27/02/2015 13:11 GMT | Updated 29/04/2015 06:59 BST

I Wish My Son Was a Dog

Some of you may have seen my recent interview in the Telegraph about the charity's latest advert so I thought I'd explain my reasonings behind it on here.

Last year when the Manchester dog's home went up in flames I was watching the television and my first thought was how proud I felt that the UK was such a generous nation of animal lovers. However this was swiftly followed by my second, which was, how can we possibly justify raising of £2million for animals when there are children like my eight-year-old son, Harrison, dying every day from fatal illnesses.

Harrison has Duchenne, a disease that means he probably won't live to see his 20th birthday. In 2011 I founded Harrison's Fund to raise money to fund research to develop a cure.

You would think that raising money to save dying children would be relatively easy, right? Well bizarrely in the UK many people choose to give their hard earned money to charities caring for animals, so I began to wonder if it would actually be easier to raise money for Harrison if he were a dog?

A few years back the charity was lucky enough to be selected by creative agency Ais London as their chosen charity. So I went to them with this request. "I will do anything to try and save my son and if I have to pretend he's a dog to get people to care, I'll do that in heartbeat."

We started the creative process and came up with 'I wish my son was a dog'. The crux of the message was that whilst no one wants to see animals suffer there are still children in the UK dying in the cruelest way imaginable and there is an argument to say that we should prioritise them.

There are 1,541 animal charities in the UK compared to just eight Duchenne charities. The RSPCA is the top UK animal charity and yes they do excellent work, but their 2014 income was £132million more than Harrison's Fund. An unfair comparison I am sure you'll say looking into the size difference and longevity of the charities, so we decided to run our own experiment.

We made two very simple digital ads, identical in every way bar the image. One featured Harrison, the other a picture of dog we found on the Internet and ran them on the same UK media network with the same weighting. They both asked 'would you give £5 to help save Harrison from a slow and painful death'? Two million impressions later, the results were what we suspected, irritatingly but unsurprisingly the dog advert was clicked on twice as much as the one featuring my beautiful son. Of the 350,757 impressions, Harrison's advert received 111 clicks compared to the 230 of the dog advert.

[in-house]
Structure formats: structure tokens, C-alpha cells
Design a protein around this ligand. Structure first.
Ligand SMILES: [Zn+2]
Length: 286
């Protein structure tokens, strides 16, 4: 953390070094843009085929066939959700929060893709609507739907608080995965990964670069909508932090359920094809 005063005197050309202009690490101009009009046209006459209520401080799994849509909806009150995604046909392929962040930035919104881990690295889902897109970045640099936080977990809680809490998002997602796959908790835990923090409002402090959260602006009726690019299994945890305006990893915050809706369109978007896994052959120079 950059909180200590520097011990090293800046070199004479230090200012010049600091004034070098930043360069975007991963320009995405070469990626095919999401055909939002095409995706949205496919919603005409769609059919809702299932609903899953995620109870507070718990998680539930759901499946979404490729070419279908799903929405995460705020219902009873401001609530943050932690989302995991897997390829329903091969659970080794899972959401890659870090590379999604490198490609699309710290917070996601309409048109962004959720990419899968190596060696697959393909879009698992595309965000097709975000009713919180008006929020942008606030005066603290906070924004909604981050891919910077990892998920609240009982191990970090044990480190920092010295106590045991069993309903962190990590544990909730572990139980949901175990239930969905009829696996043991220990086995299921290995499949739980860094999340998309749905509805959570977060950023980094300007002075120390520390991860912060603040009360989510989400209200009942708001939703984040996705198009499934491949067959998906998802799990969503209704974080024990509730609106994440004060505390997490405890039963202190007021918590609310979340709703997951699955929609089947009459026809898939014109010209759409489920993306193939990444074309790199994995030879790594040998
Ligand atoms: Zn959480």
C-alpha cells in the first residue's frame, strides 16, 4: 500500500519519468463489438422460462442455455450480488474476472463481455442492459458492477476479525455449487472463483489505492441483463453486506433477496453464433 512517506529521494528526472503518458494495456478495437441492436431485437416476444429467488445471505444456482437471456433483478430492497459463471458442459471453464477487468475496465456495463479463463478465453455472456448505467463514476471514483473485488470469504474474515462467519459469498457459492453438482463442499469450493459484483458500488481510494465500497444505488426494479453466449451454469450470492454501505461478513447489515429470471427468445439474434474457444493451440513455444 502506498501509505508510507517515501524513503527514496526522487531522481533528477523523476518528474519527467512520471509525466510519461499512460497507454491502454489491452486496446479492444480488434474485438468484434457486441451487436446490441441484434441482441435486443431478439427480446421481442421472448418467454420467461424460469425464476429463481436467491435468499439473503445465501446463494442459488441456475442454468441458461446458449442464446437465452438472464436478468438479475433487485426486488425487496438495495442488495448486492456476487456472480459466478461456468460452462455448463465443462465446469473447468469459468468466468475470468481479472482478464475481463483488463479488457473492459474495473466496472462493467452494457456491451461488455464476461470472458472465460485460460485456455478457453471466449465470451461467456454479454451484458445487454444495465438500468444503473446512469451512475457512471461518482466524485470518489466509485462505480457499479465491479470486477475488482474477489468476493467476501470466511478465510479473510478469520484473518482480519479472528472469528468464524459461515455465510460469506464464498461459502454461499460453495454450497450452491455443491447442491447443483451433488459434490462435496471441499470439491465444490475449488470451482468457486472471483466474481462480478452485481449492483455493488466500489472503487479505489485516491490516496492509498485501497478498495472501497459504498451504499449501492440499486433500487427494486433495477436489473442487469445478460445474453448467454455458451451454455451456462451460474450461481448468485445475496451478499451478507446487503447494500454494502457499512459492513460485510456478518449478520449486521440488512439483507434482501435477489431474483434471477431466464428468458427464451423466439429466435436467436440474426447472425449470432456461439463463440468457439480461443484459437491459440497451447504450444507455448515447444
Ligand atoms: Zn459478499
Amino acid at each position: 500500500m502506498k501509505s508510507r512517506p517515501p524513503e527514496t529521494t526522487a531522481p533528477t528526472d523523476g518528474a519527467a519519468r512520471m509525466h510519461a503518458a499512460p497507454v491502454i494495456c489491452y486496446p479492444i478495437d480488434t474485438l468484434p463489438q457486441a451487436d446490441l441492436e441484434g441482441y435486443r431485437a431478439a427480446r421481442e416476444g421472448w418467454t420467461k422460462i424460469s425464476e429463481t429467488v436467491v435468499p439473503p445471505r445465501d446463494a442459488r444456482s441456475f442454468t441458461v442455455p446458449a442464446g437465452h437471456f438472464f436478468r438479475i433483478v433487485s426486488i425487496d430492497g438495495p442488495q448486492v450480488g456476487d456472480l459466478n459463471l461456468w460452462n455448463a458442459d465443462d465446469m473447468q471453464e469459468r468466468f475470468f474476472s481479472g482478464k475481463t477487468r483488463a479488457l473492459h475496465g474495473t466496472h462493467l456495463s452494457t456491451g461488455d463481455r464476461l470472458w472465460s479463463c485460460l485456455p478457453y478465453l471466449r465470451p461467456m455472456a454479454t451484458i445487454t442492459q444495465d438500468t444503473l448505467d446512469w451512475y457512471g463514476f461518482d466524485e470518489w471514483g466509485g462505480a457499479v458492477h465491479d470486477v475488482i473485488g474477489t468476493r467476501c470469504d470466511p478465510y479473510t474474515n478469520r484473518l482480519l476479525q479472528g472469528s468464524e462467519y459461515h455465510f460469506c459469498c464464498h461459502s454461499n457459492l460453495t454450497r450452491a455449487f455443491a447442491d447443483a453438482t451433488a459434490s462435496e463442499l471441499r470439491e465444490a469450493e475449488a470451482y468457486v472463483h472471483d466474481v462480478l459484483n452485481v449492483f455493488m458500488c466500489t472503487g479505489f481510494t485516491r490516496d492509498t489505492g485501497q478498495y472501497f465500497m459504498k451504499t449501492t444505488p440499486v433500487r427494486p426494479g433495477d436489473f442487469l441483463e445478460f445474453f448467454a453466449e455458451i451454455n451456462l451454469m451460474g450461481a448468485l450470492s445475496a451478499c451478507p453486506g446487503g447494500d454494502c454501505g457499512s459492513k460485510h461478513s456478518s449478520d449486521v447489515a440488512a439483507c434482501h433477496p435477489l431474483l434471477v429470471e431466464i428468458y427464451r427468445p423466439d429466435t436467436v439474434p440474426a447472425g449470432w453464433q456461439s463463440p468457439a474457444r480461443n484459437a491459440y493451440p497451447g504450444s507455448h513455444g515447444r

I received this email through almost straight away: "I am curious as to why you are using a picture of a sad looking dog for this advert. I clicked on it believing it was a dog charity or similar. I was misled.

Why are you misleading people?"

It's hard to understand why certain causes resonate with the UK public more than others. But what I do know, or hope at least, is that in the real world, few of us would actually choose to save a dog over a dying child. Which is what frustrates me the most.

We also ran a similar advert in the Evening Standard, but this time explained that the image of the dog wasn't Harrison but that he is my son who has been diagnosed with Duchenne. The vast majority of responses so far have been positive with a few people questioning our motives because they felt tricked but the support we've received overall has been overwhelming:

Brilliant ad from ‪@HarrisonsFund‬‬ in the Evening Standard on my train home. ‪#MakeTime‬‬

‏‪@dwilliamson931‬ ‬‬:‪@HarrisonsFund‬‬‪ @AntAnstead We pay taxes to help humans with medical issues. Animals don't benefit from these taxes

"First of all I do congratulate you on the impact of your advertisement for fundraising on behalf of your organisation. It has had (presumably, the desired effect) of making me want to explore your message. Whilst you advertisement may have the impact of drawing attention I personally find that it has the opposite result. To compare yourself with other charities seeking aid is in my opinion disgraceful." (via email)

I love it too..... so true... people would rather save the dog than a little boy... I hope it gets as much of a reaction as the last ad

I recognise that to some our new advert is controversial, but I'm pretty confident that it won't adversely affect donations to animals' charities. However, it might just stop and make someone think about where they donate their money next time and who really needs it. I have hope I have reached at least a few people out there as I received the following email along with a small donation after the advert ran: "I feel ashamed that I read your add because of the picture of the dog. I would have moved on if it had actually been a picture of Harrison."

The awful truth is that my son is dying and I'm willing to do whatever it takes to save him.